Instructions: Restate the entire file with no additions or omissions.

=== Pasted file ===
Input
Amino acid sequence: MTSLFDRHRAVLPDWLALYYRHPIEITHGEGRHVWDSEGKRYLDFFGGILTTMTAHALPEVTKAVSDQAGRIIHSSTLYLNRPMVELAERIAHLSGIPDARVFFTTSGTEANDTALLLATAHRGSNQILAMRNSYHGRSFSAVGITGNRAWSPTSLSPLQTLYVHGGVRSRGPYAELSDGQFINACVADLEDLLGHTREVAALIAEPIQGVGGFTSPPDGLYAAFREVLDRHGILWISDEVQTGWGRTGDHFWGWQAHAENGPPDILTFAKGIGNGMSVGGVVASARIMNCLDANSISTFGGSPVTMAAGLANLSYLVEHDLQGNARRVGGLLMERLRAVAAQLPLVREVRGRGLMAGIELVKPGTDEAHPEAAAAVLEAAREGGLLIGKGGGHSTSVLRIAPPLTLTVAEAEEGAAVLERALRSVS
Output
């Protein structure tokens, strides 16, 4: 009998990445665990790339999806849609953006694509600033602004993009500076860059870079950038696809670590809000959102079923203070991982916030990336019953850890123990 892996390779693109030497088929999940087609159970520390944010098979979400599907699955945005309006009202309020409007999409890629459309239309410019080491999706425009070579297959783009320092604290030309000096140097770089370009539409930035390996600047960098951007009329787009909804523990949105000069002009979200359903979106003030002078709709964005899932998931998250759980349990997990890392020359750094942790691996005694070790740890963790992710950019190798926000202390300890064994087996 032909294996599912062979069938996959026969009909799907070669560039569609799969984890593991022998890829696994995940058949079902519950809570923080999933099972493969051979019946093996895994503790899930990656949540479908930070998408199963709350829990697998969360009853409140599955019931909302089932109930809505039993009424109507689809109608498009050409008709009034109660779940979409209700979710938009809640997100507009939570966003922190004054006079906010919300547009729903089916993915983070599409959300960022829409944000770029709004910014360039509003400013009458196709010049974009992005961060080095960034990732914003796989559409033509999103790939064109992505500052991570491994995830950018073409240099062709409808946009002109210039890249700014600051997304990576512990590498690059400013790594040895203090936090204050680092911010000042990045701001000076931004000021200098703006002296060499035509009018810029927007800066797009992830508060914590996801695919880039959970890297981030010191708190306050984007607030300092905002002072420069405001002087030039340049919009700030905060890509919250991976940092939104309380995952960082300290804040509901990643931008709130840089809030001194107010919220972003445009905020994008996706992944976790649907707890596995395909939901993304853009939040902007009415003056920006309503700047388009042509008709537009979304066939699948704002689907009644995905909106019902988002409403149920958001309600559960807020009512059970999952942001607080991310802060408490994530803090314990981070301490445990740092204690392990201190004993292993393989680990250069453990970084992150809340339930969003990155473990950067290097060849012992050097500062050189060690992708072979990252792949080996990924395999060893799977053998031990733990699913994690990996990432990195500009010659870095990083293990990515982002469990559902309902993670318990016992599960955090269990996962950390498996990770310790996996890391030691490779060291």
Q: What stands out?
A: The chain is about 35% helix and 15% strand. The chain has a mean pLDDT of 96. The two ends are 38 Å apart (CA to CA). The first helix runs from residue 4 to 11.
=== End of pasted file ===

Input
Amino acid sequence: MTSLFDRHRAVLPDWLALYYRHPIEITHGEGRHVWDSEGKRYLDFFGGILTTMTAHALPEVTKAVSDQAGRIIHSSTLYLNRPMVELAERIAHLSGIPDARVFFTTSGTEANDTALLLATAHRGSNQILAMRNSYHGRSFSAVGITGNRAWSPTSLSPLQTLYVHGGVRSRGPYAELSDGQFINACVADLEDLLGHTREVAALIAEPIQGVGGFTSPPDGLYAAFREVLDRHGILWISDEVQTGWGRTGDHFWGWQAHAENGPPDILTFAKGIGNGMSVGGVVASARIMNCLDANSISTFGGSPVTMAAGLANLSYLVEHDLQGNARRVGGLLMERLRAVAAQLPLVREVRGRGLMAGIELVKPGTDEAHPEAAAAVLEAAREGGLLIGKGGGHSTSVLRIAPPLTLTVAEAEEGAAVLERALRSVS
Output
């Protein structure tokens, strides 16, 4: 009998990445665990790339999806849609953006694509600033602004993009500076860059870079950038696809670590809000959102079923203070991982916030990336019953850890123990 892996390779693109030497088929999940087609159970520390944010098979979400599907699955945005309006009202309020409007999409890629459309239309410019080491999706425009070579297959783009320092604290030309000096140097770089370009539409930035390996600047960098951007009329787009909804523990949105000069002009979200359903979106003030002078709709964005899932998931998250759980349990997990890392020359750094942790691996005694070790740890963790992710950019190798926000202390300890064994087996 032909294996599912062979069938996959026969009909799907070669560039569609799969984890593991022998890829696994995940058949079902519950809570923080999933099972493969051979019946093996895994503790899930990656949540479908930070998408199963709350829990697998969360009853409140599955019931909302089932109930809505039993009424109507689809109608498009050409008709009034109660779940979409209700979710938009809640997100507009939570966003922190004054006079906010919300547009729903089916993915983070599409959300960022829409944000770029709004910014360039509003400013009458196709010049974009992005961060080095960034990732914003796989559409033509999103790939064109992505500052991570491994995830950018073409240099062709409808946009002109210039890249700014600051997304990576512990590498690059400013790594040895203090936090204050680092911010000042990045701001000076931004000021200098703006002296060499035509009018810029927007800066797009992830508060914590996801695919880039959970890297981030010191708190306050984007607030300092905002002072420069405001002087030039340049919009700030905060890509919250991976940092939104309380995952960082300290804040509901990643931008709130840089809030001194107010919220972003445009905020994008996706992944976790649907707890596995395909939901993304853009939040902007009415003056920006309503700047388009042509008709537009979304066939699948704002689907009644995905909106019902988002409403149920958001309600559960807020009512059970999952942001607080991310802060408490994530803090314990981070301490445990740092204690392990201190004993292993393989680990250069453990970084992150809340339930969003990155473990950067290097060849012992050097500062050189060690992708072979990252792949080996990924395999060893799977053998031990733990699913994690990996990432990195500009010659870095990083293990990515982002469990559902309902993670318990016992599960955090269990996962950390498996990770310790996996890391030691490779060291």
Q: What stands out?
A: The chain is about 35% helix and 15% strand. The chain has a mean pLDDT of 96. The two ends are 38 Å apart (CA to CA). The first helix runs from residue 4 to 11.